SMITH WAS ROBBED AND SEXUALLY ASSAULTED IN OSBORN STREET, WHITECHAPEL, ON 3 APRIL 1888. SHE DEVELOPED PERITONITIS, AND DIED THE FOLLOWING DAY AT LONDON HOSPITAL. SHE SAID THAT SHE HAD BEEN ATTACKED BY TWO OR THREE MEN, ONE OF WHOM WAS A TEENAGER. THE ATTACK WAS LINKED TO THE LATER MURDERS BY THE PRESS, BUT MOST AUTHORS ATTRIBUTE IT TO GANG VIOLENCE UNRELATED TO THE RIPPER CASE. TABRAM WAS KILLED ON 7 AUGUST 1888; SHE HAD SUFFERED 39 STAB WOUNDS. THE SAVAGERY OF THE MURDER, THE LACK OF OBVIOUS MOTIVE, AND THE CLOSENESS OF THE LOCATION (GEORGE YARD, WHITECHAPEL) AND DATE TO THOSE OF THE LATER RIPPER MURDERS LED POLICE TO LINK THEM.THE ATTACK DIFFERS FROM THE CANONICAL MURDERS IN THAT TABRAM WAS STABBED RATHER THAN SLASHED AT THE THROAT AND ABDOMEN, AND MANY EXPERTS TODAY DO NOT CONNECT IT WITH THE LATER MURDERS BECAUSE OF THE DIFFERENCE IN THE WOUND PATTERN.[
CANONICAL FIVE The canonical five Ripper victims are Mary Ann Nichols, Annie Chapman, Elizabeth Stride, Catherine Eddowes and Mary Jane Kelly. Nichols' body was discovered at about 3:40 a.m. on Friday 31 August 1888 in Buck's Row (now Durward Street), Whitechapel. The throat was severed by two cuts, and the lower part of the abdomen was partly ripped open by a deep, jagged wound. Several other incisions on the abdomen were caused by the same knife. Chapman's body was discovered at about 6 a.m. on Saturday 8 September 1888 near a doorway in the back yard of 29 Hanbury Street, Spitalfields. As in the case of Mary Ann Nichols, the throat was severed by two cuts. The abdomen was slashed entirely open, and it was later discovered that the uterus had been removed. At the inquest, one witness described seeing Chapman at about 5:30 a.m. with a dark- haired man of "shabby-genteel" appearance. Stride and Eddowes were killed in the early morning of Sunday 30 September 1888. Stride's body was discovered at about 1 a.m., in Dutfield's Yard, off Berner Street (now Henriques Street) in Whitechapel. The cause of death was one clear-cut incision which severed the main artery on the left side of the neck. Uncertainty about whether Stride's murder should be attributed to the Ripper, or whether he was interrupted during the attack, stems from the absence of mutilations to the abdomen. Witnesses who thought they saw Stride with a man earlier that night gave differing descriptions: some said her companion was fair, others dark; some said he was shabbily dressed, others well-dressed.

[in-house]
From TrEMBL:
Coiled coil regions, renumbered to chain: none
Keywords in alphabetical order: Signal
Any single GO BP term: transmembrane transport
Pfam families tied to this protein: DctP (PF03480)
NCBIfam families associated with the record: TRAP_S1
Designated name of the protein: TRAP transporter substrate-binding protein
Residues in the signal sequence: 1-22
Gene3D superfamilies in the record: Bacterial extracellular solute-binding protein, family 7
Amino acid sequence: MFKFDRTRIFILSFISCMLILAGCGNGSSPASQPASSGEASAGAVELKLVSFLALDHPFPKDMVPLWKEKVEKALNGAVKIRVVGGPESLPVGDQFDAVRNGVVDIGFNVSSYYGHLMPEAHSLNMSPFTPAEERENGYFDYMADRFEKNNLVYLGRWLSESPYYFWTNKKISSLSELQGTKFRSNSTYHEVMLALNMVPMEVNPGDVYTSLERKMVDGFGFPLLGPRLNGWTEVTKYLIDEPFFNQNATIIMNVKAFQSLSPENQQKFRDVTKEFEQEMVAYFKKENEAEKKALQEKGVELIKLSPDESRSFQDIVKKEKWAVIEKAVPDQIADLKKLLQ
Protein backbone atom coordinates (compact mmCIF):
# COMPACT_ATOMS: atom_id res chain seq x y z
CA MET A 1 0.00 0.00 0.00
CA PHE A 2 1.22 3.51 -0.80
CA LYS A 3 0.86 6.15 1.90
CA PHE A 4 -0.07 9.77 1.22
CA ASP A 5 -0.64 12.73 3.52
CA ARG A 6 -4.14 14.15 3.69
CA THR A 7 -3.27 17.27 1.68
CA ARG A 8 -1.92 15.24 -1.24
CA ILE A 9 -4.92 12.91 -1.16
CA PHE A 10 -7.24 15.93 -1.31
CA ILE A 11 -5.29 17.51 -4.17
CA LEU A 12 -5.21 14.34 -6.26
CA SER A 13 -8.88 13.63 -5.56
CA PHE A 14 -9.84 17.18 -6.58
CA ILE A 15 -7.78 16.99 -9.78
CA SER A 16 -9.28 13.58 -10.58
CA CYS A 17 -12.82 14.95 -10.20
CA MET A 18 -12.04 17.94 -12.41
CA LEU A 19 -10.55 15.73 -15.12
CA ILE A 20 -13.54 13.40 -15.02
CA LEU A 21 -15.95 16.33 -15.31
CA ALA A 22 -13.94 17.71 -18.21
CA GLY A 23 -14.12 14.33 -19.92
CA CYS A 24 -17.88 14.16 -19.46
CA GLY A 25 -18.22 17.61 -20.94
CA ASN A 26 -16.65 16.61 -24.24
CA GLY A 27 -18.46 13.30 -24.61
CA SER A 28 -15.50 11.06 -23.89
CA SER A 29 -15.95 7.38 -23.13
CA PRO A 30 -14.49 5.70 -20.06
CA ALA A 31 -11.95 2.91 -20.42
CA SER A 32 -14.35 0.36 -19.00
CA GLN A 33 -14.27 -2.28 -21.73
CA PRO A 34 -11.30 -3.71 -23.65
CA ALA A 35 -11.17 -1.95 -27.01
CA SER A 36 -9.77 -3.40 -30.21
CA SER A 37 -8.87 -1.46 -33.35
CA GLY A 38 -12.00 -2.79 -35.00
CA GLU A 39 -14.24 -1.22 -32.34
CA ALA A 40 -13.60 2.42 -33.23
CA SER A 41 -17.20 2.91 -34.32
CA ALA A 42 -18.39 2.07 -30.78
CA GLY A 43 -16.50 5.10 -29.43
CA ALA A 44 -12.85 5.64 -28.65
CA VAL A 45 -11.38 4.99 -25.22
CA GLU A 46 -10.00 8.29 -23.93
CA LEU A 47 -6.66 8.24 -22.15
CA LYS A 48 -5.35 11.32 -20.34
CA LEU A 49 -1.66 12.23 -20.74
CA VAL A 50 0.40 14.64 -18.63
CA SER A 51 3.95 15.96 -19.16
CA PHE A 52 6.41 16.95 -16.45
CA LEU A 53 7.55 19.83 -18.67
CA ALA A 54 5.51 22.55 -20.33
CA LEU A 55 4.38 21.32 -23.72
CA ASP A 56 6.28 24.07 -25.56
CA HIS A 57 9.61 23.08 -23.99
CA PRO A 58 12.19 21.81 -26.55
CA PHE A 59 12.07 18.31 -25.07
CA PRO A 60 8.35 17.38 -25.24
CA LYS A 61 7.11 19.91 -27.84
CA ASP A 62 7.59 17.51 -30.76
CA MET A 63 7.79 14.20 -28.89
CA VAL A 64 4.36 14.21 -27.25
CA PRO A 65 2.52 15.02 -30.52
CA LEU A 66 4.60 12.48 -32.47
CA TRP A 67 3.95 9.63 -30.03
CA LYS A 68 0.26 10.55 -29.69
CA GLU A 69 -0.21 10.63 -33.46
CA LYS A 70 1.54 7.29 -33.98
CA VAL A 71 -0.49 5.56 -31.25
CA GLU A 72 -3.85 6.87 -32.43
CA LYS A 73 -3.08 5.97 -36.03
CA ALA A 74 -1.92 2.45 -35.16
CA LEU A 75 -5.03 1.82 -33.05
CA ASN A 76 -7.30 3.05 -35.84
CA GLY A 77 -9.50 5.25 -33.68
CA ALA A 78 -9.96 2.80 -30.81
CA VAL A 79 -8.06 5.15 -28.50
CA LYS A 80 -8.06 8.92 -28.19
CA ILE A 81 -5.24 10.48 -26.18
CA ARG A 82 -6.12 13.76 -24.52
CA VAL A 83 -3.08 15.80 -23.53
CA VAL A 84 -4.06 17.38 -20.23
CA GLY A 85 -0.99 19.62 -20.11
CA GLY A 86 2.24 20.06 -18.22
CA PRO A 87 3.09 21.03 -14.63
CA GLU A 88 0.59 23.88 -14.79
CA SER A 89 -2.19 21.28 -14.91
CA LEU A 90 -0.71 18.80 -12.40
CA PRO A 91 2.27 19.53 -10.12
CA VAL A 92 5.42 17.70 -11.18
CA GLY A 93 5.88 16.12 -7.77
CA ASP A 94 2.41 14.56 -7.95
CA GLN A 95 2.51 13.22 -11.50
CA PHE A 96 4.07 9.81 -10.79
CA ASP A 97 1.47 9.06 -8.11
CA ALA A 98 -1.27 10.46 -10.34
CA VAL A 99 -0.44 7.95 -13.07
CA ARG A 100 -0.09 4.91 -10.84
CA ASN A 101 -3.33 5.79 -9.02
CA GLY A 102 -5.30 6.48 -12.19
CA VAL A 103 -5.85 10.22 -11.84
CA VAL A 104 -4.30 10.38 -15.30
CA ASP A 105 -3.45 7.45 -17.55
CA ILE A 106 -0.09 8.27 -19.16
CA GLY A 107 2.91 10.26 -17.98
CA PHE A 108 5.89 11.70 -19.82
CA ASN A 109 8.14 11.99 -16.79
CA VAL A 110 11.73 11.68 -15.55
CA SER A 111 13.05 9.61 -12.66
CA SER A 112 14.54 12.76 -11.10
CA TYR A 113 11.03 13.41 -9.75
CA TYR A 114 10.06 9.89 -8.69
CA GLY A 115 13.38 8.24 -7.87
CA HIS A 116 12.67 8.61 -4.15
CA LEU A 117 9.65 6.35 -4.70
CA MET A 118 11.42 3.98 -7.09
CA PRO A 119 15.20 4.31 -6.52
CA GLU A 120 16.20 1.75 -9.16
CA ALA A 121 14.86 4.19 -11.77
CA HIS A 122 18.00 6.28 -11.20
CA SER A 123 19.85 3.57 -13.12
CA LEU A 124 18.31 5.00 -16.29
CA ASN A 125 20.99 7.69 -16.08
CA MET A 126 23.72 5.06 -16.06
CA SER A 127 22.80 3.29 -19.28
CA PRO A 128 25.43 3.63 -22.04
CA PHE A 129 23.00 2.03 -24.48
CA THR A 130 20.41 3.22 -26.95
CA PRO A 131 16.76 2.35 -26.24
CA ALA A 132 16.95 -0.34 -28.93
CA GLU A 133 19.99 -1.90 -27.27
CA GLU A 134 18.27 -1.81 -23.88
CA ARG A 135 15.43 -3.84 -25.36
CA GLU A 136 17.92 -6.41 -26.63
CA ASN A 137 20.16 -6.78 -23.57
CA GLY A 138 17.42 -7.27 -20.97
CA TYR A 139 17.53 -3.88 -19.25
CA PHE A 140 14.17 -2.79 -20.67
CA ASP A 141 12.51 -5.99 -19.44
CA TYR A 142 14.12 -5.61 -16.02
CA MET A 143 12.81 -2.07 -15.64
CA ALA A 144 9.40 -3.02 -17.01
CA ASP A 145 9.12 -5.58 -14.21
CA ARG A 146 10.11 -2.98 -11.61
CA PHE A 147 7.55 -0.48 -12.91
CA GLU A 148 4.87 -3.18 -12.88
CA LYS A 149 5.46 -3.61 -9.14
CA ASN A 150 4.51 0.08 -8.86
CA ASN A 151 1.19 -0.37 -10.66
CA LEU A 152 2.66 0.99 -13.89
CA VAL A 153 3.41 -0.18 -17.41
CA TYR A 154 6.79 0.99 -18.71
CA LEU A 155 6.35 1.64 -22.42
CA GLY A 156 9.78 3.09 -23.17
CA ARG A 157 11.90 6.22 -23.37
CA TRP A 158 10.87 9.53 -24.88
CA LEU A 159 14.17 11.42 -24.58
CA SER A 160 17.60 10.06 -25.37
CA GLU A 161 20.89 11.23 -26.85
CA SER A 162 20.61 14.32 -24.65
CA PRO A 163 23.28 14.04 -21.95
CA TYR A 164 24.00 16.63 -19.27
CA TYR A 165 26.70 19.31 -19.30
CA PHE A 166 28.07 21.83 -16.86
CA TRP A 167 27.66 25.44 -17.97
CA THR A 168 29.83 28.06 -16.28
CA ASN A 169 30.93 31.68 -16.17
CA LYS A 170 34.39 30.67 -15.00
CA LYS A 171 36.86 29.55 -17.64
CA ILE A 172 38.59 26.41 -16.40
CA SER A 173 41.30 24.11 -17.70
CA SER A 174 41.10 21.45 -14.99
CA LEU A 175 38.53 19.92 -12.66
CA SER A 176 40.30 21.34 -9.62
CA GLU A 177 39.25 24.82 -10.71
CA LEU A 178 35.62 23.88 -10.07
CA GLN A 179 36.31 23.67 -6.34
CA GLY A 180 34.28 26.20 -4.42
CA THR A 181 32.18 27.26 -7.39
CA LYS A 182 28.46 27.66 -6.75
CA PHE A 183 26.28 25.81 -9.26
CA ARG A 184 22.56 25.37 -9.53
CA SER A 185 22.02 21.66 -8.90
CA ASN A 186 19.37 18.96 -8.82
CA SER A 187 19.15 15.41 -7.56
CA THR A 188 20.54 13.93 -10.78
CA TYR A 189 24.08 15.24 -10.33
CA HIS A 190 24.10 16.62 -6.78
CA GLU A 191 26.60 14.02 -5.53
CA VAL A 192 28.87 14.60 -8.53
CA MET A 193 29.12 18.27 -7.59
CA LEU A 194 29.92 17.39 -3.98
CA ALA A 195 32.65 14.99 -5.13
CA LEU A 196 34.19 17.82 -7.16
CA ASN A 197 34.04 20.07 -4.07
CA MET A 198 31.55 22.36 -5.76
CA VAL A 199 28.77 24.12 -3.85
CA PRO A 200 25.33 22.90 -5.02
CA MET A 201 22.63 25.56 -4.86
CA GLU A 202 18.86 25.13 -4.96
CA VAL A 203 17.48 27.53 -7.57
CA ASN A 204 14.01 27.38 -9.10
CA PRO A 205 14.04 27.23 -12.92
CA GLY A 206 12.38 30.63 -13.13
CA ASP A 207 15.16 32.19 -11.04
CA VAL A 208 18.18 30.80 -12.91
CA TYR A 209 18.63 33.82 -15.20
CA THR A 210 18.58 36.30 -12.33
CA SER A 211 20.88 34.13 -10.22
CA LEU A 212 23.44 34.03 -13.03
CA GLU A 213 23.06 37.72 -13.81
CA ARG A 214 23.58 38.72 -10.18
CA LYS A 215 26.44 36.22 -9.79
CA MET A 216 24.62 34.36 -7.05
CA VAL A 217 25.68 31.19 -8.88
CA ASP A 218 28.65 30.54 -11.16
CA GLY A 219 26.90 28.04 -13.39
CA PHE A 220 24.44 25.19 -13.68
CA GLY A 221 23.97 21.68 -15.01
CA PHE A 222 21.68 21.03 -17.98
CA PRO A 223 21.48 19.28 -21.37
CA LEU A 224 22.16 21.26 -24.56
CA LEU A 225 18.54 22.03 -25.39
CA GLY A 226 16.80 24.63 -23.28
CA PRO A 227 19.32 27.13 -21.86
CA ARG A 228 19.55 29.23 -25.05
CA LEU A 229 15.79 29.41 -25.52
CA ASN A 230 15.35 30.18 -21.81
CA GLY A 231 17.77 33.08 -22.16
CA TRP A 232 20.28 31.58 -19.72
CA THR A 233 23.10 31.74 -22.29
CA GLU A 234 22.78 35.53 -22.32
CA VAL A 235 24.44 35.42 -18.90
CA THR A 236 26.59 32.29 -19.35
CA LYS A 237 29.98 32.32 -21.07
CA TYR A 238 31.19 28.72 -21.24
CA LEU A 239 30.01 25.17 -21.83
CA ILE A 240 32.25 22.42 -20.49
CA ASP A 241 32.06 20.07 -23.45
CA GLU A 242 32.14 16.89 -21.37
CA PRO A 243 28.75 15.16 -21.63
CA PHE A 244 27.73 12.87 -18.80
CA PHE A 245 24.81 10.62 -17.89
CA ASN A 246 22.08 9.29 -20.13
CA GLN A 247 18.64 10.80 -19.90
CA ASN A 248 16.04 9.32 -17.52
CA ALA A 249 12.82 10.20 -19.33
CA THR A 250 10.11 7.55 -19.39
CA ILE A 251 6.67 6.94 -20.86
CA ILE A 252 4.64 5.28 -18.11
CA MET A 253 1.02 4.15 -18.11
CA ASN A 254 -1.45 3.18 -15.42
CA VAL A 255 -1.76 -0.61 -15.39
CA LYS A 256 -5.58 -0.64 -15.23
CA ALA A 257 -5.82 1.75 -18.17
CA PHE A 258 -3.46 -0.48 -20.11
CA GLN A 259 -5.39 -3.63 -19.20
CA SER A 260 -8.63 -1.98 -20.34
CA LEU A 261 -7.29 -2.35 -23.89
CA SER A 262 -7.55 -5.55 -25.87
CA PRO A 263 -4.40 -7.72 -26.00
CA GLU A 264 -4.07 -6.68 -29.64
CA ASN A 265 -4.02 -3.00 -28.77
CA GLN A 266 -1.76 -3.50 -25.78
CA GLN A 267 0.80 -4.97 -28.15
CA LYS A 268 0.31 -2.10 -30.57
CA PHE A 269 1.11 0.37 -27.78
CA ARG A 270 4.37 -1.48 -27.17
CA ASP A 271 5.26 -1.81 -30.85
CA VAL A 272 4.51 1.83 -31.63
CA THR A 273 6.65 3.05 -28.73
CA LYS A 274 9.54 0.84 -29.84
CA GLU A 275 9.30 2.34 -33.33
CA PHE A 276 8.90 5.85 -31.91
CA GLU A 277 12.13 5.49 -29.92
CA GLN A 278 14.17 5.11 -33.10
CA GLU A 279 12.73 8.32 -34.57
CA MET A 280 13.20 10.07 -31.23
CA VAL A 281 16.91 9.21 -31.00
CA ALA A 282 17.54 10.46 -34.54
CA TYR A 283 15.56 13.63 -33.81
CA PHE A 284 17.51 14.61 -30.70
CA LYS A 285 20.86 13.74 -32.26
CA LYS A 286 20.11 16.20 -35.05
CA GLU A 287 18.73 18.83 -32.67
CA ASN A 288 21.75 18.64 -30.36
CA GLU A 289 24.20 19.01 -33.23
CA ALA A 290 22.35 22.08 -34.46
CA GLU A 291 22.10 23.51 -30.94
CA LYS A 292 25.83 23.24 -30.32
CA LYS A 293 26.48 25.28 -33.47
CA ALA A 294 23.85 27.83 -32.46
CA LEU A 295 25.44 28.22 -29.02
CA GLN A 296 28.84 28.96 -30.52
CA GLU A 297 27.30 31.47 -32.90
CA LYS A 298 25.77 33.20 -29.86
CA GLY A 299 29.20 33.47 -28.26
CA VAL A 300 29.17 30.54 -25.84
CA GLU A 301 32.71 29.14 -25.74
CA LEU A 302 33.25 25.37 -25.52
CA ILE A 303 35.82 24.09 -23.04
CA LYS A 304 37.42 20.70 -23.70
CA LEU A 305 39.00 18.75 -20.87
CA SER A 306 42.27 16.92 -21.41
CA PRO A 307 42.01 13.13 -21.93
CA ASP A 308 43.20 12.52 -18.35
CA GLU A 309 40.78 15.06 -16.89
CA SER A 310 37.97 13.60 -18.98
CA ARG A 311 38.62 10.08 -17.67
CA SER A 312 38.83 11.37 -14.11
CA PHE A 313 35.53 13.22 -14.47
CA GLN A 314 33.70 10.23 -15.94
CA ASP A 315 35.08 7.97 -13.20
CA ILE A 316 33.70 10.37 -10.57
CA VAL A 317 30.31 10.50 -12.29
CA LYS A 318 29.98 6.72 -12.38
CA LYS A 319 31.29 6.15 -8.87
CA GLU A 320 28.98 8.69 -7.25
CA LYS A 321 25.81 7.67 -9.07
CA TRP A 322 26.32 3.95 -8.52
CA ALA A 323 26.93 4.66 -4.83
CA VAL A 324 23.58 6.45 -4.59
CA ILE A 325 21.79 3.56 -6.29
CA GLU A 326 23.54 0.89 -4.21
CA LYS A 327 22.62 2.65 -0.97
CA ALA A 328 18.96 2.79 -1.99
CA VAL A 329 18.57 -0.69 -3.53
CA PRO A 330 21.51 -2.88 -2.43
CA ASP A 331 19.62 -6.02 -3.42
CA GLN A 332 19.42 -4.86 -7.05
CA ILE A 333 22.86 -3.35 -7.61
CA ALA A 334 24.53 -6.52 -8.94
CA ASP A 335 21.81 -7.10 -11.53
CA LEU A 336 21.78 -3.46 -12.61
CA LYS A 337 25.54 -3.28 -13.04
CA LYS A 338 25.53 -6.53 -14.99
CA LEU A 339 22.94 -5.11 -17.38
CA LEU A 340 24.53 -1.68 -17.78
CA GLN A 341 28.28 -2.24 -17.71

Historically, the belief that these five crimes were committed by the same man derives from contemporary documents that link them together to the exclusion of others. In 1894, Sir Melville Macnaghten, Assistant Chief Constable of the Metropolitan Police Service and Head of the Criminal Investigation Department (CID), wrote a report that stated: "the Whitechapel murderer had 5 victims—& 5 victims only. Similarly, the canonical five victims were linked together in a letter written by the police surgeon Thomas Bond to Robert Anderson, head of the London CID, on 10 November 1888.Some researchers have posited that while some of the murders were undoubtedly the work of a single killer, an unknown larger number of killers acting independently were responsible for the others. Authors Stewart P. Evans and Donald Rumbelow argue that the canonical five is a "Ripper myth" and that while three cases (Nichols, Chapman, and Eddowes) can be definitely linked, there is less certainty over Stride and Kelly. Conversely, others suppose that the six murders between Tabram and Kelly were the work of a single killer. Dr Percy Clark, assistant to the examining pathologist George Bagster Phillips, linked only three of the murders and thought the others were perpetrated by "weak-minded individual[s]... induced to emulate the crime". Macnaghten did not join the police force until the year after the murders, and his memorandum contains serious factual errors about possible suspects.